The US Constitution is the oldest working constitution in the world. But it has been under siege recently and the legal stakes in the Obama-McCain election could not have been greater. McCain, for example, had publicly stated that he would (attempt to) reverse Supreme Court decisions regarding Guantanamo Bay if he was elected.
Four of the nine current Supreme Court judges are regarded as conservatives: Chief Justice Roberts together with Justices Scalia, Thomas and Alito. There are four liberal judges: Justices Stevens, Ginsburg, Souter and Breyer. The ninth judge, Justice Kennedy, was a Ronald Reagan appointee and is no liberal, but nor is he a conservative ideologue.
This delicate balance has resulted in Supreme Court cases of major constitutional importance being decided by a bare 5-4 majority. With international law under open attack from the Bush administration and its reliance on the so-called unitary executive doctrine, which would allow the president a wide range of powers unfettered by Congress, the court has had one of its busiest and most testing periods of late.
It upheld the constitutional right to possess handguns; refused to overrule Roe v Wade (1973) and thereby end constitutional protection for abortion rights; rejected the Bush administration’s legal basis for detention without trial in Guantanamo Bay without any form of judicial review; struck down criminal sodomy laws and prohibited the death penalty for crimes other than homicide.
Justice Kennedy’s vote was usually the casting one in these cases and he used it both ways. His “living instrument” view of the constitution was strongly endorsed by President-elect Barack Obama, who said: “[The constitution] must be read in the context of an ever-changing world. How could it be otherwise?”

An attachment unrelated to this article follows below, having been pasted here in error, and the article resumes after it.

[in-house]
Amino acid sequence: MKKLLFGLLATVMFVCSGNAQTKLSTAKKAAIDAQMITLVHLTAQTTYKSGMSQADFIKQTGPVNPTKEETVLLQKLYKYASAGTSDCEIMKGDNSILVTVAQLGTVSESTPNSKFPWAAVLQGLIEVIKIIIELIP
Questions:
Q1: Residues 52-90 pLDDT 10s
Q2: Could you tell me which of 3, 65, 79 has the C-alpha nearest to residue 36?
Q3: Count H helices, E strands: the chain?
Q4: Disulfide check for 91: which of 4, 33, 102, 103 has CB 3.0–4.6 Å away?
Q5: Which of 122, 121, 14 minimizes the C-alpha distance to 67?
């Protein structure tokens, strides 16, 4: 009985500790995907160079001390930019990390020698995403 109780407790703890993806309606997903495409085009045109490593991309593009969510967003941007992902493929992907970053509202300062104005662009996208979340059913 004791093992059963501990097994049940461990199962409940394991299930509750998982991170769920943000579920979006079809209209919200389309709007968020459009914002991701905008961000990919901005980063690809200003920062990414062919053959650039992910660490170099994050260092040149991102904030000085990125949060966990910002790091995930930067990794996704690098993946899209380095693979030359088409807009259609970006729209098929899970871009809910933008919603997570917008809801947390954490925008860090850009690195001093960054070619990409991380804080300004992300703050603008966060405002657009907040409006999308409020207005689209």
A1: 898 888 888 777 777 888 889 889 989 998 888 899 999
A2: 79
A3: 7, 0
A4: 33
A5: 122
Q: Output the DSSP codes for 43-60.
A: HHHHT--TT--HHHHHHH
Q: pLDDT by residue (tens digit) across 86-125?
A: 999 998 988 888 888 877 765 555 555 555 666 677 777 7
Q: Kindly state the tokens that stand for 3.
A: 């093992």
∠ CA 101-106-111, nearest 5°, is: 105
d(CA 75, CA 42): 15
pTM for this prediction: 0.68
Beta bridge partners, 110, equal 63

So what will President Obama do? The precise political composition of Congress is still undecided. The Democrats did not win a super-60 majority in the Senate, which would have enabled them to defeat any Republican filibusters (including judicial appointments).
Given the age of the current judges, it seems likely that Obama will get to appoint two or three Supreme Court judges in his first term. I hope he will be a little more exacting in seeking a proven judicial record than Bush was when he put up his White House counsel Harriet Miers on the basis that she was “plenty bright”. Even the Republican-controlled Senate refused to endorse that level of lack of qualification.
Obama’s position on key constitutional issues changed noticeably during his campaign. In June 2008 he reversed his position on the Washington handgun ban and finally decided that he agreed with the Supreme Court’s refusal to strike it down. It is unclear if he was merely defending the constitution and the rule of law.
And although once a vocal critic of capital punishment, in the very same month he opposed the Supreme Court decision to strike down Louisiana’s death penalty for child rape not involving murder. He claimed that the death penalty would have been constitutional in that class of case.
As with any political manifesto, it remains to be seen whether Obama will feel obliged to stick to those positions when in office. He is universally renowned for his diplomacy and his account in The Audacity of Hope of the current judicial nominations is the epitome of his languid and detached style – giving little of his own views and intentions away.
But can we rely on Obama to start the renaissance of international law and order from which the most powerful country in the world has strayed so far? Of course, it is just too early to say, but for now I like to think, as so many said on 4 November, “Yes we can”.